6. Brush off the Flame Sensor
If your heater tries to run but switches off without blowing warmth, a dirty flame sensor could be responsible. When this occurs, your furnace will try to start three times before a safety device powers it down for around an hour.
If you feel confident with taking the panels off your heater, brushing off your flame sensor is a task you are able to do personally. Or, one of our heating service specialists has the ability to complete it for you.
If you are fine with cleaning the sensor personally, you need:
- A 1/4” hex screwdriver or wrench
- Bit of light grit sandpaper, steel wool or emery cloth
- A dry, clean paper towel
As the next step:
- Turn off the heater’s power with its wall switch or breaker. If your furnace’s gas valve isn’t electric, you will need to switch off the gas as well.
- Take off the heating system’s front panel and track the wire to the flame sensor.
- Remove the rod and use your sandpaper, steel wool or emery cloth to gently rub the metal rod.
- Clean the rod with a paper towel.
- Put the sensor back in.
- Put the furnace doors back on.
- Switch the furnace’s power back on. It might run through a series of examinations before resuming normal heating. If your heating system doesn’t start, the sensor might need to be replaced or something else could be causing a problem. If this takes place, contact us at 602-971-0567 for heating and cooling repair support.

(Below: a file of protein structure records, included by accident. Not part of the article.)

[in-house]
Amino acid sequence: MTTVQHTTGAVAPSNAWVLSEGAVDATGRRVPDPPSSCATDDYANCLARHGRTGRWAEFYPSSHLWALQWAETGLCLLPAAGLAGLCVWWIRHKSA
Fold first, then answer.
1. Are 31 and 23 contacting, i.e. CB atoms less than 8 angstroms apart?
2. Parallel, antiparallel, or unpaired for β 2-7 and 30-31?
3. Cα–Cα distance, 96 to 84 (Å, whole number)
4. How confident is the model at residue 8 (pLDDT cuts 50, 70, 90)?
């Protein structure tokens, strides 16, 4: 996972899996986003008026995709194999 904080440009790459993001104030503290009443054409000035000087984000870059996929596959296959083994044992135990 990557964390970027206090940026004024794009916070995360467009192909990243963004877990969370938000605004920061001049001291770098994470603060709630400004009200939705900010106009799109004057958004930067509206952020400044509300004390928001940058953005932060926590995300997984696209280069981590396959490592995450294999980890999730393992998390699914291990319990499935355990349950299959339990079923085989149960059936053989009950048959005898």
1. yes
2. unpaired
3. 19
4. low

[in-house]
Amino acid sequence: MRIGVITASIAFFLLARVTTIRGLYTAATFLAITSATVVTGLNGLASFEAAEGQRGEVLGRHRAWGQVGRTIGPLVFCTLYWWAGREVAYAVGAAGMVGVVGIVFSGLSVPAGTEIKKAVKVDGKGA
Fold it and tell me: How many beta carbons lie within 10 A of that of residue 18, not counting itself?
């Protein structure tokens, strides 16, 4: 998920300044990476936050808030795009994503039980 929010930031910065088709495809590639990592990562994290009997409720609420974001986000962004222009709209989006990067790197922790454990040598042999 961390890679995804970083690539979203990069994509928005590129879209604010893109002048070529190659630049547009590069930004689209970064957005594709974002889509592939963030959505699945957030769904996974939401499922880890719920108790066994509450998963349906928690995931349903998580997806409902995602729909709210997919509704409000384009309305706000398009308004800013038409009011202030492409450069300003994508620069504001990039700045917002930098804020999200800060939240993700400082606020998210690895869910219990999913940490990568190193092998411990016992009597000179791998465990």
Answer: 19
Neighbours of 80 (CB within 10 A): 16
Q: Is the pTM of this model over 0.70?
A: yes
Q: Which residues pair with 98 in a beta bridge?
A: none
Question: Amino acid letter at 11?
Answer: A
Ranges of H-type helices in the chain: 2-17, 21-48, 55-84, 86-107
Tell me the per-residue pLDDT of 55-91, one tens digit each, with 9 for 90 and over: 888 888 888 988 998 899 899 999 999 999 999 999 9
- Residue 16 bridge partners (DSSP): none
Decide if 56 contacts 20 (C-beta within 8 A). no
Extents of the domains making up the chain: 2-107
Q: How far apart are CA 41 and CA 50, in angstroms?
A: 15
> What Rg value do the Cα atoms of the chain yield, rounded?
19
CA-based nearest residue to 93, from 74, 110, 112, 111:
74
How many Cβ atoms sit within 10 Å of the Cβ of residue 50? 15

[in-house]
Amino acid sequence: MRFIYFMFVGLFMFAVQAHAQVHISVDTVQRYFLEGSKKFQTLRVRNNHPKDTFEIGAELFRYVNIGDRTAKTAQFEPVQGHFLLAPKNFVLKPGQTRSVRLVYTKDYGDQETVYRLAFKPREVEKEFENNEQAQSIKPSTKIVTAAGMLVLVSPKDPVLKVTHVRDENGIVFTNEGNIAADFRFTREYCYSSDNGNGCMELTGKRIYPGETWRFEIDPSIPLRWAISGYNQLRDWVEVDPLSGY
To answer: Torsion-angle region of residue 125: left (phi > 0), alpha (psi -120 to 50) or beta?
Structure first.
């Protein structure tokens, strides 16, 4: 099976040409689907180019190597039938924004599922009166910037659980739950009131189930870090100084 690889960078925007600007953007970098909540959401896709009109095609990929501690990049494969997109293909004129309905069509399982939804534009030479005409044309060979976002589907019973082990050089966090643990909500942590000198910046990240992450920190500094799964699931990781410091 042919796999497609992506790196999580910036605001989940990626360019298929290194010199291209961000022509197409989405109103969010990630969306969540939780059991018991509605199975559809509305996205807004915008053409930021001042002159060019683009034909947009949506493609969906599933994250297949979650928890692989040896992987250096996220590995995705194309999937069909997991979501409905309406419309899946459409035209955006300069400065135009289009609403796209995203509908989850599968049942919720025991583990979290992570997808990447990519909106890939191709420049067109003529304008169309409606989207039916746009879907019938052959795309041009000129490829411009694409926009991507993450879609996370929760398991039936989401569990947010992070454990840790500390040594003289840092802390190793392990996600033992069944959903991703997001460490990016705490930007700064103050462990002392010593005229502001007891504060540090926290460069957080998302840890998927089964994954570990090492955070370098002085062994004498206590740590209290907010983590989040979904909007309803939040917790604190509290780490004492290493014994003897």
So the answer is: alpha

7. Light the Pilot Light
If you are using an older heater, the pilot light could be turned off. To relight it, look for the instructions on a sheet on your heater, or follow these guidelines.
- Find the switch below your heater marked “pilot,” “on” and “off.”
- Push the switch to the “off” position.
- Take a break for at least five minutes to avoid creating a fire.
- Move the knob to “pilot.”
- Hold down the “reset” switch as you move the flame of a long lighter to the pilot light opening.
- Let go of the “reset” lever once the pilot light is burning.
If you have followed the guide twice and the pilot light still won’t light or stay lit, contact us at 602-971-0567 for furnace service.
Examine Your Energy Supply
Try using a second gas appliance. If it doesn’t work, your natural gas delivery might be switched off, or you might have run out of propane.